Fairytale Youth

I just love going to the public library. With the diminishing number of bookstores in the city, there are fewer places one can sit among books, lolling on a rolling step stool, perusing attractive covers and being inspired by an unfamiliar author or artist. 

One such artist I happened upon is Ivan Bilibin. He was an early 20th century illustrator and set designer (did work for the Ballet Russes) who was inspired by Slavic folklore.

I was struck by the folk nature of the illustrations that called to mind my youth and the hours I spent poring over old books of German fairytales. I would beg my mother to let me color in the black line-drawn illustrations of my books. Once, she did (and I think we still have the book). When I saw these colorful Bilibin illustrations, I felt these were exactly what I had envisioned in my child's mind's eye. Although the outcome of my renderings was quite different!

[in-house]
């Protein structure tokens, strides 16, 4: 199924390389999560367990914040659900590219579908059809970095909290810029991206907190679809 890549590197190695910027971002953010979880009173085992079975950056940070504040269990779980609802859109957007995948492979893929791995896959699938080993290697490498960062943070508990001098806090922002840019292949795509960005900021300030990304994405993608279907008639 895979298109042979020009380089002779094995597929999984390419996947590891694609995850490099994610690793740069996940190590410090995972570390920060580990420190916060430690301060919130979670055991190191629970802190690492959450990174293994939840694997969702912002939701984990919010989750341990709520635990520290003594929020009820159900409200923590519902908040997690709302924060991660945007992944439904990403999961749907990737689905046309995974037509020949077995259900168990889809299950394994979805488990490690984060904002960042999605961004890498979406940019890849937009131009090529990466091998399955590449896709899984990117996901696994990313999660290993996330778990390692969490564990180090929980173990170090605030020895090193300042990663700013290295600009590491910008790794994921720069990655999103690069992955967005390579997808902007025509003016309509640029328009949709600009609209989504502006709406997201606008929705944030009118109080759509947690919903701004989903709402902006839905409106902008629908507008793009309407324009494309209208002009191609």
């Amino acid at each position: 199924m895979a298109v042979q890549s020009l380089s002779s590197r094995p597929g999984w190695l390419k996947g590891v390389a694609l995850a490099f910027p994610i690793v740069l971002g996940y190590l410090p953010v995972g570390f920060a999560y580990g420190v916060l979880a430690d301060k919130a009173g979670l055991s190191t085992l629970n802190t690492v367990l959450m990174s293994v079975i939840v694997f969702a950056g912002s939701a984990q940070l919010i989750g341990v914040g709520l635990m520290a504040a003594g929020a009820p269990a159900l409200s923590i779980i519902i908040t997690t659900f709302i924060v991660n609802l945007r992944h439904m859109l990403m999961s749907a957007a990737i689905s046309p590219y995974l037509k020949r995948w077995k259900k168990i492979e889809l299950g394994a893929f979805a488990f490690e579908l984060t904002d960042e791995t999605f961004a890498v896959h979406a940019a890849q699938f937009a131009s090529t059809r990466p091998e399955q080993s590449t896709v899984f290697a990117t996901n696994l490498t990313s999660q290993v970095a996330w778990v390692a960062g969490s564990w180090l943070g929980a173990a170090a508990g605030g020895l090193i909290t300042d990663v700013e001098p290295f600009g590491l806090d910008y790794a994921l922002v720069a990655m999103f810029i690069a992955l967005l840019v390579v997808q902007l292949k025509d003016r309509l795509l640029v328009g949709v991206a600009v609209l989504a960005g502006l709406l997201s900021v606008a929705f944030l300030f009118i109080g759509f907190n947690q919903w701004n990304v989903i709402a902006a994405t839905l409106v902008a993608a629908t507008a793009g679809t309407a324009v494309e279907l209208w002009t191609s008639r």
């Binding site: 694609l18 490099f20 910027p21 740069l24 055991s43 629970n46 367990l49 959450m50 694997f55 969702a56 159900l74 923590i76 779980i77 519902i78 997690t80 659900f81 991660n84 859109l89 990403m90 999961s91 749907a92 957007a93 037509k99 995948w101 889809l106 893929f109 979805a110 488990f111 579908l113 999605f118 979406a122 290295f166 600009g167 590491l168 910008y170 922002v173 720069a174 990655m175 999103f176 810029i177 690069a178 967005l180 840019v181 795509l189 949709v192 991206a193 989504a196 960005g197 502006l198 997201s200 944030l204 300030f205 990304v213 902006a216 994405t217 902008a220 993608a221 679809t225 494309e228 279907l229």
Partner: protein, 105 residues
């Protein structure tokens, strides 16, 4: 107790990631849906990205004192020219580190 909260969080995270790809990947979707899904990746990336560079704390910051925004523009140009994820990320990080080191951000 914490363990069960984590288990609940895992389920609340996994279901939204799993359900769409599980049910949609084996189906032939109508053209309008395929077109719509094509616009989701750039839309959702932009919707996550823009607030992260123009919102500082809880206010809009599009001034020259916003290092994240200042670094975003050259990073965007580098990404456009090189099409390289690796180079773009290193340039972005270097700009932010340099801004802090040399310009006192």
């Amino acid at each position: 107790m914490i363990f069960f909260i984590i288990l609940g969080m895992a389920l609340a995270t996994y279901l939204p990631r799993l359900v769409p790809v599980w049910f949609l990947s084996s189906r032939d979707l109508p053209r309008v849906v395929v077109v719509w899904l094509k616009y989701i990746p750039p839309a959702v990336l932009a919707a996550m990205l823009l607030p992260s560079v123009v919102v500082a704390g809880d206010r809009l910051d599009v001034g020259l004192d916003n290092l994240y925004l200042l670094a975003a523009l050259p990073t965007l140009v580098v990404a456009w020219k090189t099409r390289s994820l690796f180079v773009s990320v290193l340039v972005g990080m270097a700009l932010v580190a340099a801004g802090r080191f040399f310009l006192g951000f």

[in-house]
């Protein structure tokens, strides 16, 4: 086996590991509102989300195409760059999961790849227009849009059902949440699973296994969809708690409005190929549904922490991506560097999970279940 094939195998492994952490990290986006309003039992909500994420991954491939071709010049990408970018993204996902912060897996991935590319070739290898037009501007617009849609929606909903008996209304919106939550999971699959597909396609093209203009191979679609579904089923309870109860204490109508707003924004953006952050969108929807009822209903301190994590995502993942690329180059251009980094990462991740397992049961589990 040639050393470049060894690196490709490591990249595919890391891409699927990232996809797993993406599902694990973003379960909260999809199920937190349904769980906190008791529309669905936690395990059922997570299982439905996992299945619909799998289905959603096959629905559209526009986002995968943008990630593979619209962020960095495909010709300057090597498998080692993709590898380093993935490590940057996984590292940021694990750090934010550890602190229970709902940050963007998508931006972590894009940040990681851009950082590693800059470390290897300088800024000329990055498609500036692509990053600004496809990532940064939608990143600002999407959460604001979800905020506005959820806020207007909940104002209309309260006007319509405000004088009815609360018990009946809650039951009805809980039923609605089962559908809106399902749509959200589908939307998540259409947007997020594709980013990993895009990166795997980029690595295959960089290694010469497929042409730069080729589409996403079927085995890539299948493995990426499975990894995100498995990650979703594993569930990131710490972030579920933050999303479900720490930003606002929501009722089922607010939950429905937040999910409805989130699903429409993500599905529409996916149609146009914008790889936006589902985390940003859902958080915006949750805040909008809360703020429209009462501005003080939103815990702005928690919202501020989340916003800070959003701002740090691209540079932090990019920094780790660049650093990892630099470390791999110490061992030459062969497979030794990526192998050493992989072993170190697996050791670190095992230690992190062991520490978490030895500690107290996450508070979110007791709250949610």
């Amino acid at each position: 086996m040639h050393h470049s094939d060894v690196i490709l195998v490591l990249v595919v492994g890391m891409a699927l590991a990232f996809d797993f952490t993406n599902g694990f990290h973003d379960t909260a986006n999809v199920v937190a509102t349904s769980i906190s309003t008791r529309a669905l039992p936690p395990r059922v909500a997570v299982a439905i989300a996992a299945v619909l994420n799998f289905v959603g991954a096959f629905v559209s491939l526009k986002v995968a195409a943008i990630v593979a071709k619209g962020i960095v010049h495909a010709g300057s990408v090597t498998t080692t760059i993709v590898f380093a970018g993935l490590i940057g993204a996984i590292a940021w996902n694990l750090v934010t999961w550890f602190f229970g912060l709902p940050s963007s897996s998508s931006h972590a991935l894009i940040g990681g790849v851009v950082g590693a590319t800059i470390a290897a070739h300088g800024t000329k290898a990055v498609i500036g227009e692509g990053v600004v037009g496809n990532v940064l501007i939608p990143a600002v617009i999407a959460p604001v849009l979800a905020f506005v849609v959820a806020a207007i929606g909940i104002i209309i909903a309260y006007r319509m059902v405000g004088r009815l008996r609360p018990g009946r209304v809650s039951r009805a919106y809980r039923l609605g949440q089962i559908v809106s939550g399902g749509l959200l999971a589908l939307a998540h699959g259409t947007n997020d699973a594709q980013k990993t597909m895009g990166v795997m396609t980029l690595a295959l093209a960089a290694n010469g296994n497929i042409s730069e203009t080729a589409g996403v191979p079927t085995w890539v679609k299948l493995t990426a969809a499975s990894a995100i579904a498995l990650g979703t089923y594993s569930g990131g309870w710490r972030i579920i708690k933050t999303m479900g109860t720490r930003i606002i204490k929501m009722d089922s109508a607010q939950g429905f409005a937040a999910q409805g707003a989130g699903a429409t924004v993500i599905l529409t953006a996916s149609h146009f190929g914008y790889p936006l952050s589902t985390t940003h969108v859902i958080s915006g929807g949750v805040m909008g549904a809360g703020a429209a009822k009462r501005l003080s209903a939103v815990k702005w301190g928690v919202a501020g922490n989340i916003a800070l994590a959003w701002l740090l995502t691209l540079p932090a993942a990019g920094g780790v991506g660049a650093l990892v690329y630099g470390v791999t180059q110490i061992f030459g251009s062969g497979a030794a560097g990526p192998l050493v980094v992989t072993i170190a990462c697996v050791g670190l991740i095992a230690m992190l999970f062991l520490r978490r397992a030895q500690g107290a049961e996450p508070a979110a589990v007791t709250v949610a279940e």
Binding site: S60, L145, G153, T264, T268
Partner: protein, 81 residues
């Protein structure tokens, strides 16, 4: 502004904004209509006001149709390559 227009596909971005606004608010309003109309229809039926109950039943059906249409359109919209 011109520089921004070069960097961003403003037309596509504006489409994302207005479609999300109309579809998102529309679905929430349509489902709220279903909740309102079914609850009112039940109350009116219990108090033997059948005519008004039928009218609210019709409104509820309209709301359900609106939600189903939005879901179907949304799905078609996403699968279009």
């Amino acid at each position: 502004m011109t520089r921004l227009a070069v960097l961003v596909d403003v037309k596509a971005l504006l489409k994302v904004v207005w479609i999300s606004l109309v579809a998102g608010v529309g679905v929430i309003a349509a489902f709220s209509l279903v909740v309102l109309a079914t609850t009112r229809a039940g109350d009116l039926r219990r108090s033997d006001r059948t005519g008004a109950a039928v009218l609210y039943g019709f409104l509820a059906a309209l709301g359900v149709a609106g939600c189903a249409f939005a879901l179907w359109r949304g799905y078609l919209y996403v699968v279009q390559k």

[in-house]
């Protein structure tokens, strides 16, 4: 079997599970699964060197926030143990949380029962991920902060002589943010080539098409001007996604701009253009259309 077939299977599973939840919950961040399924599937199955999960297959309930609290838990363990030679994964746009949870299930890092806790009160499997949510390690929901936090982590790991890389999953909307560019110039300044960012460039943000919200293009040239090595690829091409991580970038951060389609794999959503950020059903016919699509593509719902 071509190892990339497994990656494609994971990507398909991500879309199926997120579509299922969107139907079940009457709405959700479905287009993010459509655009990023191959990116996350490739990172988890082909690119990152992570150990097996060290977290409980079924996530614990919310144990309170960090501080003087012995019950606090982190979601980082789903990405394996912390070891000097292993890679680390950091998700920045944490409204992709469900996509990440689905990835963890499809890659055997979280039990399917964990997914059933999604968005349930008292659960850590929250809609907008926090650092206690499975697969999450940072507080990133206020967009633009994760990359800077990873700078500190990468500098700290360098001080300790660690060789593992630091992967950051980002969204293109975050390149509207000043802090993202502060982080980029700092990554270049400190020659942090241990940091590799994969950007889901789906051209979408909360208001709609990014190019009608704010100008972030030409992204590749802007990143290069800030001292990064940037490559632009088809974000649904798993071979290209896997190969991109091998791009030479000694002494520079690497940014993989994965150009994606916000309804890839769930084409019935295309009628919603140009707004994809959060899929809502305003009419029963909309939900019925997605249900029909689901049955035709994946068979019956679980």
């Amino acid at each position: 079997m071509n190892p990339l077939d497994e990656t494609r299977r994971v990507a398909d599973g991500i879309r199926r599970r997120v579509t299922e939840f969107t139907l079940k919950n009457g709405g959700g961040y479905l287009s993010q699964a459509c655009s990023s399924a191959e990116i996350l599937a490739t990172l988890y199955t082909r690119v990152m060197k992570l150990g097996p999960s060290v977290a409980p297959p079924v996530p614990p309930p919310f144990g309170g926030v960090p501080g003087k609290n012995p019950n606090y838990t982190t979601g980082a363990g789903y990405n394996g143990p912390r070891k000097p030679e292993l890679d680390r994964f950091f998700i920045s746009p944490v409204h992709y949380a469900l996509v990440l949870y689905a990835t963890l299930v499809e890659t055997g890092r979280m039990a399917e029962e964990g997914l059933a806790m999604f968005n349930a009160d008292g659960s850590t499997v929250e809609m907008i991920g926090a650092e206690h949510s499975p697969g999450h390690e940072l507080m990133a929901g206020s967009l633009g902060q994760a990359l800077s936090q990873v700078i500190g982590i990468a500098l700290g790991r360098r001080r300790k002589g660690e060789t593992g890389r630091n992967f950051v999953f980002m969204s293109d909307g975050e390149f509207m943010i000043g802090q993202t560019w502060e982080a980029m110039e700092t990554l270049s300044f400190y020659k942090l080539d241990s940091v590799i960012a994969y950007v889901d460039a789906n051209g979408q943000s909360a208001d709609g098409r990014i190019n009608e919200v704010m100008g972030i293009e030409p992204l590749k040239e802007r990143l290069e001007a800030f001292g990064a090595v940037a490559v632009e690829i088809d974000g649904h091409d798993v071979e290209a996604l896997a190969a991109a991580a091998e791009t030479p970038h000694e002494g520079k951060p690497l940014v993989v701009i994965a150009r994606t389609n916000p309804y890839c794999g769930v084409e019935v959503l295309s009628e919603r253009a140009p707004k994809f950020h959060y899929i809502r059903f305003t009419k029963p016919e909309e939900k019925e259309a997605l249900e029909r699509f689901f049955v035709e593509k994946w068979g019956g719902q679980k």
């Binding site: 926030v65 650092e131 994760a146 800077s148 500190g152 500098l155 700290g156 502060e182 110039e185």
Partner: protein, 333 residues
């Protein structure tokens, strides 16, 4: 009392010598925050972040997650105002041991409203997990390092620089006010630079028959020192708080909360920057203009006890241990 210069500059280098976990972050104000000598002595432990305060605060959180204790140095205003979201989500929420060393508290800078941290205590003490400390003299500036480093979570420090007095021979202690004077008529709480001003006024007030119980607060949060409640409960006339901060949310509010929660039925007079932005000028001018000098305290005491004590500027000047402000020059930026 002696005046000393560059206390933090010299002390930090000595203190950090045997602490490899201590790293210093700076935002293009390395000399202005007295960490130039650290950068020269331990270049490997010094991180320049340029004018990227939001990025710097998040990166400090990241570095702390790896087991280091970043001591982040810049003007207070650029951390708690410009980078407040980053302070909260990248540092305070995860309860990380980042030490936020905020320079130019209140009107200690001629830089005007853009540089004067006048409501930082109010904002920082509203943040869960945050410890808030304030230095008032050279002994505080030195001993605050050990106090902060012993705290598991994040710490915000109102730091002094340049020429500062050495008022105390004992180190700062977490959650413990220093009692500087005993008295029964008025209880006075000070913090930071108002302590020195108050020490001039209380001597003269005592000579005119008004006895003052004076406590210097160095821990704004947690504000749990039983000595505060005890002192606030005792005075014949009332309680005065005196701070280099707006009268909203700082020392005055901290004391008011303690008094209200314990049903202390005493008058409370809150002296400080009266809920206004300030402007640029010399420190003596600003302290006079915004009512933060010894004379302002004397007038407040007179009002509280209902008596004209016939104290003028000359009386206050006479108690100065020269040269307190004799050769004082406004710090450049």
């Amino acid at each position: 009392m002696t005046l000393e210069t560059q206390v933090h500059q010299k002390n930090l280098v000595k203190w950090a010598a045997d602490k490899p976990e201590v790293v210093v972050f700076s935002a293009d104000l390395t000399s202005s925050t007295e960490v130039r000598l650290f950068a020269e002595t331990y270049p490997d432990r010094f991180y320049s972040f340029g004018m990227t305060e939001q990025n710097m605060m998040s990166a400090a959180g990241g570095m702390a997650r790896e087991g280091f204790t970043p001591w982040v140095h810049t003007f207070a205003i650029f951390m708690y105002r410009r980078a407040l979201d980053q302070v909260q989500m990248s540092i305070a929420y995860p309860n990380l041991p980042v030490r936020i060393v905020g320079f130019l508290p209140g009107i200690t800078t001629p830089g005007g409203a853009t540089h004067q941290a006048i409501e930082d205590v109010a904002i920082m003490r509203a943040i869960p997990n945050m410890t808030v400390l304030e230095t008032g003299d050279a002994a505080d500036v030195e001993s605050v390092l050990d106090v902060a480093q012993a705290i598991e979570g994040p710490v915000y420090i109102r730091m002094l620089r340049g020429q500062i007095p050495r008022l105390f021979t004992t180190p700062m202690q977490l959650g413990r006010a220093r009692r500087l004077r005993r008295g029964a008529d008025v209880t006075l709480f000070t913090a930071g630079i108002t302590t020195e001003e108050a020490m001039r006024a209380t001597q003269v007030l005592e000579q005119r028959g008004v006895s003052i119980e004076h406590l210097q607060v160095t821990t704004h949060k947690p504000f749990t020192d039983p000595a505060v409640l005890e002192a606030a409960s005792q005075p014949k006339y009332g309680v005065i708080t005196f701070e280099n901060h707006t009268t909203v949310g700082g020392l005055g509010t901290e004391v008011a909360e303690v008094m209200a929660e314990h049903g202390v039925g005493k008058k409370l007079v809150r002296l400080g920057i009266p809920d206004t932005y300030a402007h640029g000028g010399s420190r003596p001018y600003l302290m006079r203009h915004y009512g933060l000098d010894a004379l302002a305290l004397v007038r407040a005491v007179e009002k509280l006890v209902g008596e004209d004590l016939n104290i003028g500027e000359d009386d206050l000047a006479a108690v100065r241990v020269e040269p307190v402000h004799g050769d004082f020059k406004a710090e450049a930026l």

I feel completely transported and satisfied somehow, staring at these amazing illustrations—especially the patterns and elaborately detailed garments of each scene and character. Here are just a few examples.

 Ivan Bilibin

Ivan Bilibin

 Ivan Bilibin

Ivan Bilibin

 Ivan Bilibine 1930 Dance costume

Ivan Bilibine 1930 Dance costume